[Updated] Life Ring From El Faro Found


Published Oct 4, 2015 2:21 AM by The Maritime Executive

A life ring has been found from the cargo ship El Faro, which went missing on Thursday after sailing through Hurricane Joaquin in the Bahamas, the U.S. Coast Guard said on Twitter on Saturday.

A search-and-rescue crew found the life ring in waters to the northeast of Crooked Island in the Bahamas, about 75 miles (120 km) from the ship's last known position before it went missing on Thursday morning, the Coast Guard said. A spokesman said crews will resume the search in the same area at sunrise.

"Because we found a life ring, the assumption can be made that we are searching in the right area," said Coast Guard spokesman Petty Officer Jon-Paul Rios.

"When we commence searching tomorrow morning at sunrise, hopefully we'll be able to find something else. Every little bit helps," he added.

This is the first trace of the El Faro, a 735-foot (224-meter) cargo ship with 33 crew on board that went missing on Thursday morning after it was overcome by heavy weather from Joaquin.

The vessel, with 28 U.S. citizens and five Polish nationals on board, was headed to San Juan, Puerto Rico, from Jacksonville, Florida when it reported losing propulsion and that it was listing and taking on water, the Coast Guard said.

There had been no further communications after a distress call received at about 7:30 am (1130 GMT) Thursday, the Coast Guard said. Search and rescue efforts continued Saturday, after covering 850 square nautical miles on Friday, but turned up no sign of the U.S.-flagged ship.

"We are very surprised that we lost all communication with the ship," Mike Hanson, a spokesman for El Faro's owner, Tote Maritime Puerto Rico, said on Saturday.

"The ship was simply in the wrong place at the wrong time," he added, saying Joaquin was just a tropical storm when El Faro set out from Jacksonville but later intensified rapidly into a major hurricane.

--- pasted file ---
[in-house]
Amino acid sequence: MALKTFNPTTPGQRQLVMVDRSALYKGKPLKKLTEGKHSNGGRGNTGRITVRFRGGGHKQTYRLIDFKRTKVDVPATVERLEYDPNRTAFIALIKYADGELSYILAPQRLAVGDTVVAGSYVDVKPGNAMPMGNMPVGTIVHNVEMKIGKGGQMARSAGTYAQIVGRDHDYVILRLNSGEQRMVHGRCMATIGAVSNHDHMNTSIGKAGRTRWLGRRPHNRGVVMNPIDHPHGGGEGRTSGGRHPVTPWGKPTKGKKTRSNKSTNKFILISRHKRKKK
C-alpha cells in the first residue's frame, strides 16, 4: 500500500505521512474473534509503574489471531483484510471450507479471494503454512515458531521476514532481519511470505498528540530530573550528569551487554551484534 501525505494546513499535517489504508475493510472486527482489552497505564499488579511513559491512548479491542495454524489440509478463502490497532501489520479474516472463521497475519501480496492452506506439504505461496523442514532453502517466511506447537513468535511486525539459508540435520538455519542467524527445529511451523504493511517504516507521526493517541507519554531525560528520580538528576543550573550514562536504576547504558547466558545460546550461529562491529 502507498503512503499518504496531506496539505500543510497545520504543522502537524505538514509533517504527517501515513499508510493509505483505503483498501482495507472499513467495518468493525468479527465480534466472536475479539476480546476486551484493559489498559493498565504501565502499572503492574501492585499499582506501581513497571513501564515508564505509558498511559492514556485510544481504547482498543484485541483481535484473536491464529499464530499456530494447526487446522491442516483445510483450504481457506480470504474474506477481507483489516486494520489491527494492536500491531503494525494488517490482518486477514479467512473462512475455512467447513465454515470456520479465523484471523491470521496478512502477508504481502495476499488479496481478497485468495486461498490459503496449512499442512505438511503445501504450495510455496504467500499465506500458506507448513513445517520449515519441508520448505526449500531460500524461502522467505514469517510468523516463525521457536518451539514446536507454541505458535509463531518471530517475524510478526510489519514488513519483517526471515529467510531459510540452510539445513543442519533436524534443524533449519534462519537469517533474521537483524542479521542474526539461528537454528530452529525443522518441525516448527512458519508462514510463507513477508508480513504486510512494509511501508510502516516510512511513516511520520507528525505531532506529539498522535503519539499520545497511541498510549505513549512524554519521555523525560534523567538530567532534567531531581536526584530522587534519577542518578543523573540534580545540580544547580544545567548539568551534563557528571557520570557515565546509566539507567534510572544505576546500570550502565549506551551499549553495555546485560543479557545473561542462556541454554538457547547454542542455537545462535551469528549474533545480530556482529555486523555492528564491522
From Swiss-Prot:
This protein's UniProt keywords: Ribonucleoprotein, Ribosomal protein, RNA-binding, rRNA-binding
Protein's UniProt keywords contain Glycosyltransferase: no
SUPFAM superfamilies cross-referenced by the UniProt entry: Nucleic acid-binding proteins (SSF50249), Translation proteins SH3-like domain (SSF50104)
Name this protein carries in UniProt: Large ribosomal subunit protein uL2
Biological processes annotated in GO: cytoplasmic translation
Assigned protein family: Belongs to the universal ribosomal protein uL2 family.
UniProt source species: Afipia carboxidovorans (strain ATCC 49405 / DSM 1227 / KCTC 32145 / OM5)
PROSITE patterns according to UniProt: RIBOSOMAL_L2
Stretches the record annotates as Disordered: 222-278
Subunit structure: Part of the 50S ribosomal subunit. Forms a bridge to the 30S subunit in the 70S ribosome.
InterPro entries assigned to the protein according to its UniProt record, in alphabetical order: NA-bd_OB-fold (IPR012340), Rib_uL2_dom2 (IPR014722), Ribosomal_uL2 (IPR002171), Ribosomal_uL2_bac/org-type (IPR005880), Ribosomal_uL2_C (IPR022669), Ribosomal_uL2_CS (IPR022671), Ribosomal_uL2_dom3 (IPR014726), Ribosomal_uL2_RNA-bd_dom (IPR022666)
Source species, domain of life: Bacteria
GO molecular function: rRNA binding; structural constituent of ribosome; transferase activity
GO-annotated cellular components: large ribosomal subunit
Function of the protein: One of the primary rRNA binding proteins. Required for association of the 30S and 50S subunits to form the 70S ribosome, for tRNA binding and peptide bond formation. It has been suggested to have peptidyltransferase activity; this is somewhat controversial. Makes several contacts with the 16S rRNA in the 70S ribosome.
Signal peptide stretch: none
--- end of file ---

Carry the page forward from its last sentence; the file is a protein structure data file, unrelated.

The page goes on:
The hurricane headed toward Bermuda on Saturday after hammering the Bahamas. At 5 p.m. EDT (2100 GMT), Joaquin, which strengthened significantly early Saturday, had maximum sustained winds of 150 miles (240 km) per hour, the U.S. National Hurricane Center said.

The storm, a potentially catastrophic Category 4 on a scale of 1 to 5, was about 500 miles (805 km) southwest of Bermuda, the Miami-based NHC said.

Haiti Rescue

Two Amver ships assisted the U.S. Coast Guard rescue 12 seafarers who abandoned their sinking 212-foot cargo ship beset by heavy weather from Hurricane Joaquin on Thursday evening after their ship began taking on water 51 miles north of Haiti.

A Bolivian-flagged cargo ship activated their Emergency Position Indicating Radio Beacon (EPIRB) after it began taking on water. "We've lost engines, are listing 30 degrees to port and had two cargo booms break loose...", the crew reported in an email to rescue authorities.

Coast Guard authorities in Miami launched a rescue helicopter and diverted the Coast Guard Cutter Northland along with querying the Amver system and diverting the timber carrier Falcon Arrow and the Ro-Ro Cronus Leader.

The two Amver ships arrived on scene and battled 30-knot winds and waves greater than 15 feet to provide a lee for the 12 crewmen in a life raft while the helicopter began hoisting the survivors and transporting them to shore. All 12 mariners were safely rescued and transported by helicopter to the Bahamas.

The Cronus Leader, managed by NYK Lines, enrolled in Amver on November 30, 2008 and earned six Amver participation awards. The Falcon Arrow, managed by GearBulk, enrolled in Amver on January 1, 1987 and has earned 25 Amver participation awards.